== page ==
Thursday, December 12

Mini Reviews: December 12th Edition [Nintendo Switch eShop]


Shovel Knight - King of Cards [Nindie Choice!] - While I haven’t formally reviewed any of the previous Shovel Knight games I’ve been a quiet fan of the series since it started. Between its lovingly retro look, the team’s ability to infuse new life into mostly established elements and enemies by changing the protagonist’s abilities up each time, and overall smart design the franchise is a master class in great game design and execution. With this last chapter in the series they’ve managed to one-up themselves further by introducing not just the fresh (and somewhat challenging at times) mechanics of the boisterously silly King Knight, but also a full-fledged deck battling card game in the form of Joustus. While there’s, no doubt, some risk in having attention shift between two radically different styles of play since people may strongly prefer one to the other, given the quality of both I think the final product proves to be superior in the end because of the combination. If you’re late to the Shovel Knight party there’s a real feast to be had with the Treasure Trove collecting them all together, but if you’re looking for a stand-alone retro game with variety King of Cards is an excellent choice.


Riverbond - For whatever reason I have a bit of a soft spot for voxel-based graphics so when I saw a dungeon-crawler boasting those aesthetics when Riverbond was announced I was easily on board. Now having played it my feelings are mixed. As someone who has entered many a brutally challenging dungeon and faced down all sorts of craziness Riverbond is a decidedly tame and easygoing affair, but at the same time for the right audience I think it may be outright perfect. With its strange and steady stream of unlockable (and often silly) weapons and characters, ability to have up to 4 people play together cooperatively, and very approachable overall style I think this is perfectly suited to either families looking for a fun-for-all-ages or skills experience, so while the hardcore set may find it too basic for their tastes it may be an ideal stepping stone for the next generation of explorers out there.


Shovel Knight Showdown - So you know and love the Shovel Knight crew and their overall aesthetics, and you’ve been with them through a variety of adventures. But, have you and your friends chosen your favorite characters and thrown down in a hacking and slashing brawl to see who is the true champion? That’s the essence of Shovel Knight Showdown, a local multiplayer game that makes full use of the Shovel Knight elements and assets in a very different way. There are some varying strategies that are possible: looking to quickly grab gems versus slugging it out, versus being sly and waiting for other people to fight and pouncing on the weakened winners… but that’s generally true for any games of this kind. Given the volume of games on Switch that offer up some variation on this same theme it’s hard to declare it a standout in the space, aside from it making use of this well-regarded franchise, but if you’re looking for some fun it should entertain you and your friends for a while nonetheless.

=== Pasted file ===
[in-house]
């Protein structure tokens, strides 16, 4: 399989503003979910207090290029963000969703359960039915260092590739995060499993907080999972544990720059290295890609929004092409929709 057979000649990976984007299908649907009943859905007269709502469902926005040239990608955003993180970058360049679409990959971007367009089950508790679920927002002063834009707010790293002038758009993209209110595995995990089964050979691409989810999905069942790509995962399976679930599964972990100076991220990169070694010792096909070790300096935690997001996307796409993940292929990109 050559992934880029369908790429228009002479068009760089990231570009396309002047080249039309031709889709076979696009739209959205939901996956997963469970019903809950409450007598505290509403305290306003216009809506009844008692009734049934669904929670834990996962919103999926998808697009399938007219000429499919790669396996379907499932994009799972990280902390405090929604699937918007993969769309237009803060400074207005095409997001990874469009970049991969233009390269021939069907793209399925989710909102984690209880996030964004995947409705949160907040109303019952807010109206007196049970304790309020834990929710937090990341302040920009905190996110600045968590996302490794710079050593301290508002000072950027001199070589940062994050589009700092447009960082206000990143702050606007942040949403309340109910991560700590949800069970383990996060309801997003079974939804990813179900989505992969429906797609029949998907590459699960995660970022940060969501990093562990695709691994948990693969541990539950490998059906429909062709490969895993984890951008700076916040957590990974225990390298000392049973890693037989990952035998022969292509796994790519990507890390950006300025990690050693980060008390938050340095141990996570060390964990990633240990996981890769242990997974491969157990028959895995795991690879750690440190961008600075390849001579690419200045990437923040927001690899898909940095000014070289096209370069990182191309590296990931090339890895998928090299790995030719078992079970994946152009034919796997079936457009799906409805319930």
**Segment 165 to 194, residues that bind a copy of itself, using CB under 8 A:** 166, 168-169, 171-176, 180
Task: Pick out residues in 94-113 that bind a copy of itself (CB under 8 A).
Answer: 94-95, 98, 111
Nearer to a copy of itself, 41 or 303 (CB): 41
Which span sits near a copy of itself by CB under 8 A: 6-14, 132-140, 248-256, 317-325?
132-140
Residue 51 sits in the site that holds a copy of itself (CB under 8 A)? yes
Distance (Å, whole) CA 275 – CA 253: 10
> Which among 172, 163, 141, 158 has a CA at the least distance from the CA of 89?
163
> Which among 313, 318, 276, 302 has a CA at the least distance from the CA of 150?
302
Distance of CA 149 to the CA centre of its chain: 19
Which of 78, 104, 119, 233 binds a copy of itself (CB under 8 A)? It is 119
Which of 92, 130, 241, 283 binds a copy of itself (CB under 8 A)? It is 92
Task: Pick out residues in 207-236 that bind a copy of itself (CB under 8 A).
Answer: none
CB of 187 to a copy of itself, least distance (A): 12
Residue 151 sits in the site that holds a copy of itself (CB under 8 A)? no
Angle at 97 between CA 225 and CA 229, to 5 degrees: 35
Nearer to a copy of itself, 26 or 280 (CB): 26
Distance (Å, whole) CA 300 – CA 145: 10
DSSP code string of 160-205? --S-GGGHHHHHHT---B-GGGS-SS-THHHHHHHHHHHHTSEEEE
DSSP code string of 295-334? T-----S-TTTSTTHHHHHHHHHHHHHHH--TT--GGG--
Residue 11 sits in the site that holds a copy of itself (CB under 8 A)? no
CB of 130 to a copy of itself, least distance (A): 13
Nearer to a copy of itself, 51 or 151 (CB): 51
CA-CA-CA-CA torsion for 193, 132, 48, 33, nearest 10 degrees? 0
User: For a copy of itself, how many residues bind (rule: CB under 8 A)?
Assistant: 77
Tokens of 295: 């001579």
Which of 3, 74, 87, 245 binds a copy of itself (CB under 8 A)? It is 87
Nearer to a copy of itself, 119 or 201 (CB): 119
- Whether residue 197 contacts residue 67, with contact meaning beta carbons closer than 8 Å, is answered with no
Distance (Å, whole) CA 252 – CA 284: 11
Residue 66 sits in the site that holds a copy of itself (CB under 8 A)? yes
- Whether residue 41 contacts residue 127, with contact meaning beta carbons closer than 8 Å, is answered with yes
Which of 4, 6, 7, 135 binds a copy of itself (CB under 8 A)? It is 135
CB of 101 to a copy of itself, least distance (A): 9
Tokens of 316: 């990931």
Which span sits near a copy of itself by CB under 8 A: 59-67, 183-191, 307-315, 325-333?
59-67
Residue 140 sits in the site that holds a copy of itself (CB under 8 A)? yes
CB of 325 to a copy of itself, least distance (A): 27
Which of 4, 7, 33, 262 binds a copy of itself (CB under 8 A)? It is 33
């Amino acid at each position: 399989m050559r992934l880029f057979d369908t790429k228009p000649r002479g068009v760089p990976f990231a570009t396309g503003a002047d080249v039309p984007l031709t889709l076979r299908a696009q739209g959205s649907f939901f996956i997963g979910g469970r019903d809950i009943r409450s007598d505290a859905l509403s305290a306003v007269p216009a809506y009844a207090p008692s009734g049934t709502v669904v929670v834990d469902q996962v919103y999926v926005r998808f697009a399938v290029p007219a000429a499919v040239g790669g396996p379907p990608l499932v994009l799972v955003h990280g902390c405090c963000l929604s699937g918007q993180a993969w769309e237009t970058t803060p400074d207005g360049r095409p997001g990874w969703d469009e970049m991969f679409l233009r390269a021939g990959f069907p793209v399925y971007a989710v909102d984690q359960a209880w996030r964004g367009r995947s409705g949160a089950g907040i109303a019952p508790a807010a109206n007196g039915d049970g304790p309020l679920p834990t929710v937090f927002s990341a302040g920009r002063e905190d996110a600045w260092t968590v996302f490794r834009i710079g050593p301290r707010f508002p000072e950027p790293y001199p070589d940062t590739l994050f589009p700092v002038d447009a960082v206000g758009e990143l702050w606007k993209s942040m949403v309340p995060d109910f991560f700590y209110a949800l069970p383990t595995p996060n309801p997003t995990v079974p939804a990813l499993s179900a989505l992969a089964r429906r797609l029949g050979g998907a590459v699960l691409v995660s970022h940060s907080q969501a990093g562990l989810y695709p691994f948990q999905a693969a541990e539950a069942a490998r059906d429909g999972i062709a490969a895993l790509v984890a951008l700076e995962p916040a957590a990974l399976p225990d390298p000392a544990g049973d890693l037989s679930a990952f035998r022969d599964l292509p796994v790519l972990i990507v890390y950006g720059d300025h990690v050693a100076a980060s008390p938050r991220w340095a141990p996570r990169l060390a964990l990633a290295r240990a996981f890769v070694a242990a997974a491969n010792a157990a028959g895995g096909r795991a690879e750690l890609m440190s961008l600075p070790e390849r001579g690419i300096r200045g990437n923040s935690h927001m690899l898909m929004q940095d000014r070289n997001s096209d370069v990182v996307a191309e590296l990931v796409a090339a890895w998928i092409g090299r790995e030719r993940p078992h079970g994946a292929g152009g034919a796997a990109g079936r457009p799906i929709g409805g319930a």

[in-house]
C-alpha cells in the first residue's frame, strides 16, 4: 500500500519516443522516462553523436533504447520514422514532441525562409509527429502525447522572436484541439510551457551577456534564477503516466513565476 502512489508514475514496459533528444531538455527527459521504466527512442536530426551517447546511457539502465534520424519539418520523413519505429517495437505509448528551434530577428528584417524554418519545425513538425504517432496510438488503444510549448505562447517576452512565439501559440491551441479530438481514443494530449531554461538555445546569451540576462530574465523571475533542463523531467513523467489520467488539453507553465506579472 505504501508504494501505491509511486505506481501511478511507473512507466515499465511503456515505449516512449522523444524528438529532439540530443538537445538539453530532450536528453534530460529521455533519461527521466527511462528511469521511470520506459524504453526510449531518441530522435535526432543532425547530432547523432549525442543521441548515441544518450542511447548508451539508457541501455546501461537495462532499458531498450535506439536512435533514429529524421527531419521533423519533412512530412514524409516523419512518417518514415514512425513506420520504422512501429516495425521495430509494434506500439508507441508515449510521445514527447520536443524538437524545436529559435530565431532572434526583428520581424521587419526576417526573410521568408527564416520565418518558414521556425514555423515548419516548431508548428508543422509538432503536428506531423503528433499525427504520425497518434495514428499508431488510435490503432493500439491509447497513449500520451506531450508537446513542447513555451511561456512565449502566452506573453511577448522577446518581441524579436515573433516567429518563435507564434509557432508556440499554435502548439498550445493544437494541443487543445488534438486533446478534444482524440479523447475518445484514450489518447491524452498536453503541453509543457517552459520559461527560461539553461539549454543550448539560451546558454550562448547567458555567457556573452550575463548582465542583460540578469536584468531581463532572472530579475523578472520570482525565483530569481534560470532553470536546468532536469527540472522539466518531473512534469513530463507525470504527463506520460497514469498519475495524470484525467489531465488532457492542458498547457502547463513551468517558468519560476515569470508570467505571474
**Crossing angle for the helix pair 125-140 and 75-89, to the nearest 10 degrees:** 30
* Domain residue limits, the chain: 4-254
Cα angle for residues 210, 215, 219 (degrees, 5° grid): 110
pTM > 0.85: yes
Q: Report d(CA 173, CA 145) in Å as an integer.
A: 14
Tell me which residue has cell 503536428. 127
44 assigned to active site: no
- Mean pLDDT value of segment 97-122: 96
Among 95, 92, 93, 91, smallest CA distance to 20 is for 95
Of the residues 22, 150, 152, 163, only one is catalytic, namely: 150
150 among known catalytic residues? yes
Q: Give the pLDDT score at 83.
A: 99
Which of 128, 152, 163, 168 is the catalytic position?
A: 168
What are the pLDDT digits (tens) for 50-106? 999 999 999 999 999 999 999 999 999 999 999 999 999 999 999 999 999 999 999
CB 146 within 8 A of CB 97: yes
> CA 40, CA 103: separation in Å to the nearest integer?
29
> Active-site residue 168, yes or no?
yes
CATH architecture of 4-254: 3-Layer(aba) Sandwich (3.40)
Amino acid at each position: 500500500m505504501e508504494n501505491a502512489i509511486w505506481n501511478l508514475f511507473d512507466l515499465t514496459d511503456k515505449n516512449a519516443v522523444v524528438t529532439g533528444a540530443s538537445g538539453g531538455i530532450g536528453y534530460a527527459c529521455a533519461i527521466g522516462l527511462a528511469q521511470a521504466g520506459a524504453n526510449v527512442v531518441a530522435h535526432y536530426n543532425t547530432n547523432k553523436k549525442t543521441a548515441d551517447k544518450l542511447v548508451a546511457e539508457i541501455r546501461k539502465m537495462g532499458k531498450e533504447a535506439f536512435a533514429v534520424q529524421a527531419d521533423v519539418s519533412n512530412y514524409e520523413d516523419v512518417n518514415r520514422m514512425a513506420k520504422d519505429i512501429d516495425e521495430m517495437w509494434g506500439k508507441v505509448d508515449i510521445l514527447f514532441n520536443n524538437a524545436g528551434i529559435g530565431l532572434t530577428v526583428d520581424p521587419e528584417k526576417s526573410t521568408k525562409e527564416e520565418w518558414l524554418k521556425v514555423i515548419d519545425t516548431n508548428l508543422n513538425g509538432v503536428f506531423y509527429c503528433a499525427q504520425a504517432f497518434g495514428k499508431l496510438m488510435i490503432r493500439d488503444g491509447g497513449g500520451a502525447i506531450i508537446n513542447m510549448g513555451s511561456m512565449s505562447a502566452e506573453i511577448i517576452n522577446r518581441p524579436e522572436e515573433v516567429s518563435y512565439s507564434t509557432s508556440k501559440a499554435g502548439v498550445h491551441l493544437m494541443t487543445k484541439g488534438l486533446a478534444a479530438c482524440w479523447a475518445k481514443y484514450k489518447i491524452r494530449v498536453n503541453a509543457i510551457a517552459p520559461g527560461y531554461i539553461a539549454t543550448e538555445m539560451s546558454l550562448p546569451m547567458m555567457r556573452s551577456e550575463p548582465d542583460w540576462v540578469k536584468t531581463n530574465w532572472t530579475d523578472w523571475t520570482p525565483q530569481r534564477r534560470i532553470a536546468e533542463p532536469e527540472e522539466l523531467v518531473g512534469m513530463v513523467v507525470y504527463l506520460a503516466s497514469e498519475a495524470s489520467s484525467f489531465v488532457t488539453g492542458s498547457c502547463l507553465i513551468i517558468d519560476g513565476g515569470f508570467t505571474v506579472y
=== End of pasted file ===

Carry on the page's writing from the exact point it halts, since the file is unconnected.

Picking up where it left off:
Where The Water Tastes Like Wine - One of the things I love the most about indie games and devs are the risks you see being taken in the form of new experiences that challenge the status quo and expectations of what a game can be. Where The Water Tastes Like Wine is very much a game in that lane, with a deep focus on storytelling, and in a way that feels very bound to the classic oral traditions of the past. You’ll meander around the country and encounter events which you have a limited ability to affect and then periodically meet up with fellow travellers who are looking for a good yarn. As you progress and continue to encounter new people (or sometimes people you’ve met before) you’ll begin to appreciate how what starts as simple tales will often morph into new and often more interesting variations with time and more people embellishing them. That the majority of this is done with terrific voice work and complimentary music really makes the game stand out, but there’s also no getting around the needlessly slow pacing and sparse map as you continue to explore the country. For the right crowd it will no doubt be fascinating, but for anyone looking for even a hint of excitement you’ll probably want to give it a pass.


Tick Tock: A Tale For Two - With a preponderance of puzzlers populating the Switch, it can take some ingenuity to come up with something new and different. With a smart take on cooperative gaming Tick Tock: A Tale For Two isn’t something you can (well, you could, but it would be awkward and weird) tackle solo, you’ll need to work with a friend since each of you can see different clues and elements essential to making progress. The fact that it is played on two screens also ends up being a bit of a risk, as you’ll absolutely need to purchase two copies of the game to play, but it is at least a daring attempt at standing out from the pack. You’re also able to play it across platforms if that would help, the smart way it works is that the games aren’t connected in any way, you’ll just move through the experience together since at each step collaboration is required for progress. Interesting and different but not everyone may like what’s needed to get rolling with it.